East Windsor’s 9/11 memorial ceremony planned


East Windsor Township will hold its annual ceremony to remember the victims of the Sept. 11, 2001 terror attacks, including six East Windsor Township residents, on Sept. 11 at 5:30 p.m.

The event, which includes a wreath-laying ceremony, will be held at the Sept. 11 memorial on the grounds of the East Windsor Township municipal building at 16 Lanning Blvd., according to Mayor Janice S. Mironov.

Elected officials, clergy, police, fire company members, rescue squad members, as well as Boy Scout and Girl Scout troops, the East Windsor Regional School District, and community groups are expected to take part in the ceremony.

The public is encouraged to attend the memorial ceremony, Mayor Mironov said.

Six East Windsor Township residents were killed in the Sept. 11, 2001 terror attacks that took place in New York City, in Arlington County, Va., across the Potomac River from Washington, D.C., and in rural Pennsylvania.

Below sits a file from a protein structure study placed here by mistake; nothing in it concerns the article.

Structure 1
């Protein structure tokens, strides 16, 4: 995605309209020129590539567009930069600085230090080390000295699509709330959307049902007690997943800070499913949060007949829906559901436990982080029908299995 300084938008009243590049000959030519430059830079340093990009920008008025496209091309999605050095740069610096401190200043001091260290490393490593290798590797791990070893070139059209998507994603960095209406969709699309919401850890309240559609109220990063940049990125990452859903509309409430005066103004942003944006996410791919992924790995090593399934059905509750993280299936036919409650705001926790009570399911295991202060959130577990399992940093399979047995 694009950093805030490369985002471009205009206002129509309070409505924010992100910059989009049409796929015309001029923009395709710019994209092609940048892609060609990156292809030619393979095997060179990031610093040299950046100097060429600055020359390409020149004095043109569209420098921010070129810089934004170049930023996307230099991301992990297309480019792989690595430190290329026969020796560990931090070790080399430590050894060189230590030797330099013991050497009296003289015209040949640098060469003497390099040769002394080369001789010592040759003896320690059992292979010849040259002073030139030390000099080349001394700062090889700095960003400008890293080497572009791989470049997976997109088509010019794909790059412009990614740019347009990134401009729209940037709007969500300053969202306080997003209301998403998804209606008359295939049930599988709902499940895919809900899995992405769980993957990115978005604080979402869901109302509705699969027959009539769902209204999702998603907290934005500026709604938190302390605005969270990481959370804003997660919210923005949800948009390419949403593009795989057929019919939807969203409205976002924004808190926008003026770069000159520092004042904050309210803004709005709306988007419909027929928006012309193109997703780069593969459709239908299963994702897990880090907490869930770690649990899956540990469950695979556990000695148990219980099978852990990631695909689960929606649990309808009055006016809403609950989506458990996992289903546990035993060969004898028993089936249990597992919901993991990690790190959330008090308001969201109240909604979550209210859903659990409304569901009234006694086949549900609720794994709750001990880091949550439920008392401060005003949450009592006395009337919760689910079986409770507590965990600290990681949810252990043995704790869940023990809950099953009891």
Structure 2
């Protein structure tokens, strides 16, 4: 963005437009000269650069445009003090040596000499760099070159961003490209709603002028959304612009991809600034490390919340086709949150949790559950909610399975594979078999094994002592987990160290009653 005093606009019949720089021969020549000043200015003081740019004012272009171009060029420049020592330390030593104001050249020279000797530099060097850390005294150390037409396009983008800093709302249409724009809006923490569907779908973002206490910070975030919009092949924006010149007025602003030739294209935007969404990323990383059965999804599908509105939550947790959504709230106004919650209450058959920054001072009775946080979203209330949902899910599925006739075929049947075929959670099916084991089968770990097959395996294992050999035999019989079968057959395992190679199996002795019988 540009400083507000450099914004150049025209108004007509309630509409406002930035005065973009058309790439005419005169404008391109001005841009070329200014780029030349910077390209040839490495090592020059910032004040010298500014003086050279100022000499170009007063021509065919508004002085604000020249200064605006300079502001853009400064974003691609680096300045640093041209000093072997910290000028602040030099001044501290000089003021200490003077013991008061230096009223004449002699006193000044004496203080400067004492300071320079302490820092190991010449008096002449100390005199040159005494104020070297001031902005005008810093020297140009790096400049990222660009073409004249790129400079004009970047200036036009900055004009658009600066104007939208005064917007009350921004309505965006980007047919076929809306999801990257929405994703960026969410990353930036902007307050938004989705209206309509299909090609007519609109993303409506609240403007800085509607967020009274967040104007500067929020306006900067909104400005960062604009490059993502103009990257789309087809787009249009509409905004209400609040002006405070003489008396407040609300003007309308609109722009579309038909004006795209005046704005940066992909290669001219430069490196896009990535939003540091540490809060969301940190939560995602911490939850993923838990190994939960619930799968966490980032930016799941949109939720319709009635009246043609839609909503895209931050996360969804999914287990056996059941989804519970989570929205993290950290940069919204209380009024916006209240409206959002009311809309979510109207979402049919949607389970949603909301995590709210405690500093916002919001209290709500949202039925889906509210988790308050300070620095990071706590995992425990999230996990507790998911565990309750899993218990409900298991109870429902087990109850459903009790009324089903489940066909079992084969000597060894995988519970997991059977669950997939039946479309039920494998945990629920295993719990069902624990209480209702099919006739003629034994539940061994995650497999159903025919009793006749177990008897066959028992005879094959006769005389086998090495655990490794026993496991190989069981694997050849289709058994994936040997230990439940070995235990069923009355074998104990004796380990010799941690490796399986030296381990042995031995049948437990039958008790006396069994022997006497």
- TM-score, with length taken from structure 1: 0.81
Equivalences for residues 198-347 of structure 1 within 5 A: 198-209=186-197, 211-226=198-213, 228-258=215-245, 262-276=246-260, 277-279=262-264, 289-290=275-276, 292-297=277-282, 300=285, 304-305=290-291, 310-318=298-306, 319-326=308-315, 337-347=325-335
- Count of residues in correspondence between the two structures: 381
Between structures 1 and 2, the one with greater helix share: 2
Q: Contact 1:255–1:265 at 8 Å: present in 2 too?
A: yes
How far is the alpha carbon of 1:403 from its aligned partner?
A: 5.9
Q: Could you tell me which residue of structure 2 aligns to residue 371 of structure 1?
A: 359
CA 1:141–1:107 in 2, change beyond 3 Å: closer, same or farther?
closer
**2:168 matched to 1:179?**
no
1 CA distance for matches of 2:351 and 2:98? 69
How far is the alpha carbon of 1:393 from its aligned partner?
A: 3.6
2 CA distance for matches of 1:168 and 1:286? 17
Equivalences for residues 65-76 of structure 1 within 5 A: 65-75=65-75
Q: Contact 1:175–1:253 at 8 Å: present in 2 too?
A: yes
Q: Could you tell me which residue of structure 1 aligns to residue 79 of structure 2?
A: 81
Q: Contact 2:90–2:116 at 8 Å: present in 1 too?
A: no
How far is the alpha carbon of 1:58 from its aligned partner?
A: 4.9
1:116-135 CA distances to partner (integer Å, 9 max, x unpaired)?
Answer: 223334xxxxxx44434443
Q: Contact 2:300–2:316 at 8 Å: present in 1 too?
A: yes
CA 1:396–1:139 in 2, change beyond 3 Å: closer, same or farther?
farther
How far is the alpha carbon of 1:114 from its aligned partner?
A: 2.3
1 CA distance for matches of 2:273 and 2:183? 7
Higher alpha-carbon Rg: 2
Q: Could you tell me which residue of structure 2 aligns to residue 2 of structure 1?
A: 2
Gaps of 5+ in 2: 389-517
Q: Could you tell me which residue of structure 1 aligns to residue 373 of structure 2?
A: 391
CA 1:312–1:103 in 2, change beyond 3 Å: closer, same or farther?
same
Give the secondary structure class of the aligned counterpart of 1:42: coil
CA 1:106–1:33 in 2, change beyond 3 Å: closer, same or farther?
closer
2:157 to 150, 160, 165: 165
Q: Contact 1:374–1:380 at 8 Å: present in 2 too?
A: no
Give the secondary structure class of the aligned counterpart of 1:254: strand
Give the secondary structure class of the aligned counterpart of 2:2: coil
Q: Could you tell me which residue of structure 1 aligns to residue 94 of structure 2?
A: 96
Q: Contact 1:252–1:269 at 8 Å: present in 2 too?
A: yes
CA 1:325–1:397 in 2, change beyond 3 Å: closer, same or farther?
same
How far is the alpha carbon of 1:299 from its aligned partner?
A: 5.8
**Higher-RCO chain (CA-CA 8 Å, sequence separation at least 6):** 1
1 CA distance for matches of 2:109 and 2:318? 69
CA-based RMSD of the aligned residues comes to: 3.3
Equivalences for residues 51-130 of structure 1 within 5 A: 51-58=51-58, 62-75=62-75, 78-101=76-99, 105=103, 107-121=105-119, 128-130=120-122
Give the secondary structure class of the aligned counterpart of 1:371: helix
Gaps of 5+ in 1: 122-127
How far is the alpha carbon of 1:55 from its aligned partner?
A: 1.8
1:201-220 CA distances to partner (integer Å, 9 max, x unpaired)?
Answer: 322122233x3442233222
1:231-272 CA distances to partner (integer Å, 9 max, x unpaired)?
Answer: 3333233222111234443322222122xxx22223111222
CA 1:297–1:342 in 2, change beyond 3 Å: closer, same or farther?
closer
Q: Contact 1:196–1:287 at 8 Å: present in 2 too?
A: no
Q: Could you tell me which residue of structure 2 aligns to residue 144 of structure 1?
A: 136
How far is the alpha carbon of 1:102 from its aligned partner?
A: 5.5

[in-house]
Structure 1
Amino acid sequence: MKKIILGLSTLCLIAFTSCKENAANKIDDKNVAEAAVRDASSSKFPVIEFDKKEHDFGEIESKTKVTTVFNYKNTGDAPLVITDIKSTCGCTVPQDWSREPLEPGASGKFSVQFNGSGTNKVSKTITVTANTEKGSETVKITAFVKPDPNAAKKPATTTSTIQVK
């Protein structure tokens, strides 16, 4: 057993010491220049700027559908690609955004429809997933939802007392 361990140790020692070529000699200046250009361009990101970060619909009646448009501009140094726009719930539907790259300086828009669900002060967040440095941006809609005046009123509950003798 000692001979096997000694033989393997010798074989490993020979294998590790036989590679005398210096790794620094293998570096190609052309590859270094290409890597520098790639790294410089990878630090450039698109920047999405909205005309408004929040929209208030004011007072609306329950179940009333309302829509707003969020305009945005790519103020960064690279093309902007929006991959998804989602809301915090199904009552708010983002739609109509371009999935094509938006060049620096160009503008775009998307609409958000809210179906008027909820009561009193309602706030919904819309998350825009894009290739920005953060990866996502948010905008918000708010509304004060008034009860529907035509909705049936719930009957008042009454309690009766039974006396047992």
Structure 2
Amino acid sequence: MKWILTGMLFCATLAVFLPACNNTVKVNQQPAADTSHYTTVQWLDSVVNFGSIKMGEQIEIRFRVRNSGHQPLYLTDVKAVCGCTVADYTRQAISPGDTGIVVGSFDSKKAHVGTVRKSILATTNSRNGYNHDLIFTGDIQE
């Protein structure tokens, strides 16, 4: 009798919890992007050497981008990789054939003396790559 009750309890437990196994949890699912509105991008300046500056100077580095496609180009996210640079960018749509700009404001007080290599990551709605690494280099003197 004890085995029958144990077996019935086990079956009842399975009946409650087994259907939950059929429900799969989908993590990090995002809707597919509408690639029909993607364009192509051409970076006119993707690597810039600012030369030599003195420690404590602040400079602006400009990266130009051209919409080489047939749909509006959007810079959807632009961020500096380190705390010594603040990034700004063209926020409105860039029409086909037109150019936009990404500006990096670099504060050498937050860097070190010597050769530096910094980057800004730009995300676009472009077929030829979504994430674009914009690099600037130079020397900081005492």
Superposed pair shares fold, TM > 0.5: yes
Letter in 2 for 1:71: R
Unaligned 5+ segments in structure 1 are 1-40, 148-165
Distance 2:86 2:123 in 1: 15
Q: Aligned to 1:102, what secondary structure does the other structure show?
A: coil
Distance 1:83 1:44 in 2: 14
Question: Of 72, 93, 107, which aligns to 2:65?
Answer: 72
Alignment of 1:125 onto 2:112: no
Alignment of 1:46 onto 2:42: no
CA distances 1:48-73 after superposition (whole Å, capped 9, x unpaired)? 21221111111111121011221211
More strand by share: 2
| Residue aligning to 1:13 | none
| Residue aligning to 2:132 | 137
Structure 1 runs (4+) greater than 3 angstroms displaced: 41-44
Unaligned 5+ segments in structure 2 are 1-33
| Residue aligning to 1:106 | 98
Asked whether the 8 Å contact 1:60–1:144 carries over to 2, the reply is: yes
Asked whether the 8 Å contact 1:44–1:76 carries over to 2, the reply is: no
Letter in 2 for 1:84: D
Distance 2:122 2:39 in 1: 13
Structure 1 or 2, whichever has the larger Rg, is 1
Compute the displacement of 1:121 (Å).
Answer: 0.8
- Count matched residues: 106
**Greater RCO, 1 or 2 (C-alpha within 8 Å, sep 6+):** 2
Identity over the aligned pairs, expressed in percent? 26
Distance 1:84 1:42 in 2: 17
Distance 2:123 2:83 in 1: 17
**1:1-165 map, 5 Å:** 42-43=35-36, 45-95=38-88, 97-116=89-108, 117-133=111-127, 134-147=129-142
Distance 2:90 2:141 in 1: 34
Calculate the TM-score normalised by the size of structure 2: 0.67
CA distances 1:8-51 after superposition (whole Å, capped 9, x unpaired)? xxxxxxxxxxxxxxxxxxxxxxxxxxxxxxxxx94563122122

Among the East Windsor victims were Colleen Barkow and Debbie Bellows, who both worked at the financial services firm of Cantor Fitzgerald at the World Trade Center in New York City.

Barkow, 26, was a project manager at Cantor Fitzgerald. She and her husband were planning to move to a new home in the Pocono Mountains in Pennsylvania less than one month before she died.

Bellows, 30, was an account executive at Cantor Fitzgerald.

Anil Bharvaney, 41, was senior vice president of equities trading for the Instinet Corporation. He was attending a conference at the Windows of the World restaurant on the 107th floor of the World Trade Center when a hijacked jet struck the building.

Ruth Lapin, 53, was a senior business analyst at Baseline Financial Services. She was at work on the 77th floor at the World Trade Center when it was struck and collapsed. She was active in the Girl Scouts of America, having been a leader in Girl Scout Troop 209.

Neil Lai, 59, worked for the New York State Department of Taxation and Finance when he died at the World Trade Center.

Lorraine Bay, 58, was the only one of the six local victims who was not at the World Trade Center.

Bay was a flight attendant on United Airlines Flight 93, which crashed in a field in rural Pennsylvania after the passengers tried to wrest control of the jet from the men who hijacked it.

Officials later said the target for Flight 93 may have been the White House or the U.S. Capitol in Washington, D.C.